In the context of the HSE which is exactly what sometimewoodworker was referring to it is indeed an incident, it may be an incident of an accident but it is very definitely an incident. I'll forgo throwing the Webster definition of incident into the conversation as none of us are children and there is really no need to condescend each other. This is a discussion aimed at safety guards, not each other. The consequence of an incident involving the attendance of the HSE (i.e. the dangerous removal of blade guards) will usually result in criminality being brought into that equation irrespective of the accidental unintentional unexpectedness of the incident. Your golden rule of 'Push sticks, hands nowhere near the whirling blade', whilst good advice, does not devoid HSE criminal prosecution if there is no blade guard in the case of a blade guard being needed.

I get it, use your equipment how you want and no one is arguing with that but please refrain from reiterating the concept that safety guards are pointless on an open forum, a forum full of people looking to learn and absorb the collective experience from it. No amount of semantics will rationalise away the fact that safety guards help to prevent life changing events. Ignoring basic safety measures whilst using a table saw is dangerous to the operator and those around them, we should be discussing how to improve on safety guards being in place not the merit of them being there or not.
 

Jacob

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.....Your golden rule of 'Push sticks, hands nowhere near the whirling blade', whilst good advice, does not devoid HSE criminal prosecution if there is no blade guard .....
I think it does. You are not going to be prosecuted for doing something safely and not having an accident.
The rules make it clear that they are for guidance: "This information sheet contains notes on good practice which are not compulsory but which you may find helpful in considering what you need to do."
 
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TheTiddles

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Sorry but it is an accident, because it WASN'T DELIBERATE. He didnt stuff his fingers into the blade deliberately did he ?. He didn't say to himself, 'You know what, I reckon today ill shove my hand into this whirling blade, just to see what happens' .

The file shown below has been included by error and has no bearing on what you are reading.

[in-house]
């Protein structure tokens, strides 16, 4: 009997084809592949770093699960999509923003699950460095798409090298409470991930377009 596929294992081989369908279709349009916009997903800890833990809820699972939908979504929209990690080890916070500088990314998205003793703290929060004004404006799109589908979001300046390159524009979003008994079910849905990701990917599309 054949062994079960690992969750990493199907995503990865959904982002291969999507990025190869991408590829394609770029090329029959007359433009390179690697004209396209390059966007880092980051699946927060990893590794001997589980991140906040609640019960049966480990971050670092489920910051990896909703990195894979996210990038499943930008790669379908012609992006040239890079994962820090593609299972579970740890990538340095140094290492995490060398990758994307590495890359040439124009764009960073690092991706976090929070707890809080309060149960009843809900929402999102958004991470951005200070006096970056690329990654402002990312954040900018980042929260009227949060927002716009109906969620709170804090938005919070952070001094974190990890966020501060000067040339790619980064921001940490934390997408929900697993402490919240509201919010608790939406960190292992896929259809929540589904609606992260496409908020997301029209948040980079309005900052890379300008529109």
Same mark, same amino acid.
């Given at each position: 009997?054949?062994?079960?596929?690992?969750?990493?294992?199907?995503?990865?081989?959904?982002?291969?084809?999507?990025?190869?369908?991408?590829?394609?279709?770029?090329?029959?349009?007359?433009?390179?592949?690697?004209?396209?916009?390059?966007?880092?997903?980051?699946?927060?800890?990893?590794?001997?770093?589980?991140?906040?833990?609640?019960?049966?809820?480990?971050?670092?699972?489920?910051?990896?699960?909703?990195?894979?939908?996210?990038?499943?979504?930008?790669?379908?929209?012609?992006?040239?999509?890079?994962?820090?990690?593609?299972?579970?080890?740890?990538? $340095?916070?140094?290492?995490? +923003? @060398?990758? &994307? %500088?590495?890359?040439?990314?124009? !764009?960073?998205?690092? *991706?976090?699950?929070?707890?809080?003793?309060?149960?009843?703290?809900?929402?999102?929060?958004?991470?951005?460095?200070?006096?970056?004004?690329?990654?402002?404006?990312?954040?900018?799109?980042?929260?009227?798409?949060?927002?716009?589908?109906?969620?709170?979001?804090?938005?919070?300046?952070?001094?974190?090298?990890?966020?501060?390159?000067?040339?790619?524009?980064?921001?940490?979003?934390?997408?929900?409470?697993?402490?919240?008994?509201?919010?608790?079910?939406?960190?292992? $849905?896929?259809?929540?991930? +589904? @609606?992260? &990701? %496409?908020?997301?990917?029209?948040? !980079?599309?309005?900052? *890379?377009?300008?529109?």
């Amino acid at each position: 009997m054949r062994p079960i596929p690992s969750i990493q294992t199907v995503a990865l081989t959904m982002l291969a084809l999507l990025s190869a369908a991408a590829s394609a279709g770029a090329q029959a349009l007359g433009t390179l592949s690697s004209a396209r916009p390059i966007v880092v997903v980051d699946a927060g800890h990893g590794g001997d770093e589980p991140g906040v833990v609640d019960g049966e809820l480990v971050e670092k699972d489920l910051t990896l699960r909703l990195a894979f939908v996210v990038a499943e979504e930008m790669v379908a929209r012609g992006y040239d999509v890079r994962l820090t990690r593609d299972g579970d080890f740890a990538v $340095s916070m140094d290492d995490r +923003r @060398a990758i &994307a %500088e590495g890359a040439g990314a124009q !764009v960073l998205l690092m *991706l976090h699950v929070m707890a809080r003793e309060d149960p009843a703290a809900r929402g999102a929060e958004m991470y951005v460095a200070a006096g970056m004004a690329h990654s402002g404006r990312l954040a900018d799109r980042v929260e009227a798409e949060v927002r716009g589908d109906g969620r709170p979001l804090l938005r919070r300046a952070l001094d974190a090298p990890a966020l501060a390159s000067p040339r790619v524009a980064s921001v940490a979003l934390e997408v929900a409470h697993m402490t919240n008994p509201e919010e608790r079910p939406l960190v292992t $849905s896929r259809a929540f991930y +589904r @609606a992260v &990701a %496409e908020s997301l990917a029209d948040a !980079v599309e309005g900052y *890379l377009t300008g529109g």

Ergo it was an accident.

And its not criminal stupidity, just plain old stupidity. As said, described and explained at great length, he didnt follow the golden rules. Push sticks, hands nowhere near the whirling blade.

If this helps you
Dictionary definition...


Some key words for you to take notice of. "Unintentionally" "Unexpectedly"

Have a nice day now, y'hear 😉
Here’s an imaginary story for you...

A person has ten pints, gets in their car, doesn’t put their seatbelt on and crashes into a wall, they die. Is this an accident?

By your logic yes. They didn’t deliberately intend to crash.

By many others no. The person deliberately created an unsafe condition.

I’m not sure anyone cares that your thinking is incorrect, but it is by any standard of a competent person, which is the test.

At least we all agree taking guards off is a bad idea, which is the crux of the matter.

Aidan
 

JohnPW

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It's interesting that the HSE good practice/safe working practices seem to be recommendations and are not compulsory.


"This information sheet contains notes on good practice which are not compulsory but which you may find helpful in considering what you need to do."

"A push-stick should always be used when making any cut less than 300 mm in length or when feeding the last 300 mm of a longer cut. Push-sticks should be at least 450 mm long with a ‘bird’s mouth’ (see Figure 3)."

"A push-stick MUST be available to feed the last 300 mm of a cut and remove the cut piece and off-cut. Push-sticks should be at least 450mm long with a "bird's mouth"."

Note that they don't actually say you must use a push stick.

Obviously if an employer doesn't follow the safe working practices and an employee get injured, they could be taken to court for neglience.
 

shed9

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I think it does. You are not going to be prosecuted for doing something safely and not having an accident.
If the HSE are aware of guards being unnecessarily removed, irrespective of accidents occurring or not they will intervene and that includes the possibility of prosecution. Again, semantics will not dilute the overall legality of safety guards within a commercial environment.

Imagine if this was a thread about a pro shop of which the HSE was fully aware that safety guards were none existent but were prepared to let it slide because everyone could produce a push stick if asked, and they could all recite 'the golden rule'? Yes, it's part of the process but it doesn't totally replace other working practices. Would we be back slapping the HSE for being loosely pragmatic about safety or be concerned that the one body meant to protect people in the workplace was not fit for purpose?